Calif. District Has Had It With Rude Parents

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The Capistrano Unified district in Southern California is cracking down on its latest behavior problem: overaggressive grown-ups.

Faced with a growing number of incidents in which school staff members have felt threatened by parents or other adults, the school board passed what it says is the state's first "civility policy" targeting adults.

"We teach kids to control their tempers," board President Crystal Kochendorfer said in an interview last week. "We expect adults to do that, too."

In reality, the district's civility policy is a strong reminder of existing district rules and state laws involving disruptions on school property.

For example, the policy states that anyone who threatens the safety of students, or whose actions could provoke a violent reaction, will be asked to leave school property. That is already standard procedure in most schools.

But Capistrano employees are also being urged by the new policy to admonish members of the public to act civilly if they use obscenities or speak in a "demanding, loud, insulting and/or demeaning manner."

And employees are free to hang up on parents who are abusive on the phone.

"Staff has had the backing of administration on this in the past," Ms. Kochendorfer said. "Now, I think it's clear to the public."

The 1 1/2-page document, approved March 30, also calls on district leaders to draft a "safety and/or crisis intervention techniques program," the details of which are still being worked out.

"The focus so far in the media has really been on parents, but [the policy] is reciprocal and applies to school staff," said Julie Jennings, the spokeswoman for the 40,000-student district, whose headquarters is in scenic San Juan Capistrano and covers 200 square miles along the Pacific coast south of Los Angeles.

"It's not a policy setting us up to do whatever we want," she said.

Increasing Problem

Just how serious is the problem?

According to school officials, incidents of verbal abuse and threats have become commonplace in the mostly middle-class district, and are directed at everyone from teachers to secretaries and administrators.

While the district does not keep statistics on such incidents, Ms. Jennings said officials estimate that there is at least one a week.

For example, a mother's recent tirade against officials at Fred Newhart Middle School over her son's dress-code violation resulted in a call to police, who escorted her off the 2,000-student campus.

In another incident cited by the district, a parent who became upset with an adult staff member while picking up a child at school drove off in such a huff that the employee was hit by the side-view mirror of the parent's car.

"This policy allows our staff to feel protected and empowered to take action if they need to," Ms. Jennings said.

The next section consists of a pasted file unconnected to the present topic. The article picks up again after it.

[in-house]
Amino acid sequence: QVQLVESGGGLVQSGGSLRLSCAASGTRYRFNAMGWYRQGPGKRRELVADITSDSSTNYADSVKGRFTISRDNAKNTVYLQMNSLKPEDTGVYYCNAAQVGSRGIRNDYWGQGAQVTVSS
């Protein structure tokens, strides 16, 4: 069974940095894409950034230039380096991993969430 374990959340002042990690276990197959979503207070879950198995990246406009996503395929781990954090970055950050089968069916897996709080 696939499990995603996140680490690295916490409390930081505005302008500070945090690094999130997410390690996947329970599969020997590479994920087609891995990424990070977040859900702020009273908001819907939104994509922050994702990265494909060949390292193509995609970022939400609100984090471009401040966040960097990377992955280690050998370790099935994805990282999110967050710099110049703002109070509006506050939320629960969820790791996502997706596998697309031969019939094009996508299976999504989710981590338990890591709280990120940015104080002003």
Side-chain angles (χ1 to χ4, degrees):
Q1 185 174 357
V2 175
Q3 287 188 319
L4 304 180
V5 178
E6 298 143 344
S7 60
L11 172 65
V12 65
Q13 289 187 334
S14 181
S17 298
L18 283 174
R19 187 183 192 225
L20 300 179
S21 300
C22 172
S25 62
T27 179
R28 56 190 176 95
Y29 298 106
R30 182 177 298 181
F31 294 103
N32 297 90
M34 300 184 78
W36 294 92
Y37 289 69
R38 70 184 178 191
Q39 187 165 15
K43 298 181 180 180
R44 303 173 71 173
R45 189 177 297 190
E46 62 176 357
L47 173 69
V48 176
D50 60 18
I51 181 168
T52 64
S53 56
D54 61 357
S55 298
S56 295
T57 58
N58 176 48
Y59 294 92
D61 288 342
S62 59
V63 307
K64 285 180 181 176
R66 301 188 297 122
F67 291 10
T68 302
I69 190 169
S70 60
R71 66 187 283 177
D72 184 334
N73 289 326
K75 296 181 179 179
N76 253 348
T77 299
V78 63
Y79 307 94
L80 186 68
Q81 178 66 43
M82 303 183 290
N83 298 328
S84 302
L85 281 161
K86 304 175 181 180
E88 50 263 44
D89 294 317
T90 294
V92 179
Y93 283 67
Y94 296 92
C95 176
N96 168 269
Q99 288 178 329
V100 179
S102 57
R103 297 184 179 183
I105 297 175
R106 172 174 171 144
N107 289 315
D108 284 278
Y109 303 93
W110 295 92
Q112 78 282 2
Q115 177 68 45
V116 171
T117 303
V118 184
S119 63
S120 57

But a father involved in another incident said school officials could do more to prevent parent outbursts.

Bruce Rockwell, a high school teacher in the area as well as a parent, admits he went overboard last fall by sprawling in front of a school bus. But, he said in an interview, school officials started the "chain reaction" when they couldn't tell him why his 12-year-old daughter's bus was an hour late getting home.

It was the second day of school and the third time the bus was late, Mr. Rockwell said. When the bus arrived, he got in front of the bus in what he called an act of civil disobedience. He later found out from his daughter that the bus had broken down en route, and a replacement bus had to be sent.

"If they want to make a policy that's going to make a difference," Mr. Rockwell said, "they could find a way to let parents know when buses break down."

Mandating Behavior?

Mr. Rockwell may have a point, said Mike Kiefer, the director of the Ypsilanti, Mich.-based Center for Civil Leadership, which trains school leaders in monitoring their behavior and working collaboratively.

"You can't just come out and say we're going to be civil and stop this dysfunctional behavior," Mr. Kiefer said. "What you do then is increase stress and create more uncivil behavior."

More important, he said, school officials, beginning at the top, must model the kind of behavior that they want from staff members and the public. Sometimes, parents have legitimate reasons for being angry, he said, such as feeling left out of their child's education.

"If you expect parents to be civil," he added, "you have to mirror that behavior back to the community."

Ms. Kochendorfer of the Capistrano school board said public response to the policy has generally been positive. She has, however, heard concerns similar to those of Mr. Kiefer.

"One woman said that she was sensitive to people losing their temper because they're frustrated working with bureaucrats," she said. "But frustration does not excuse violent, aggressive behavior."

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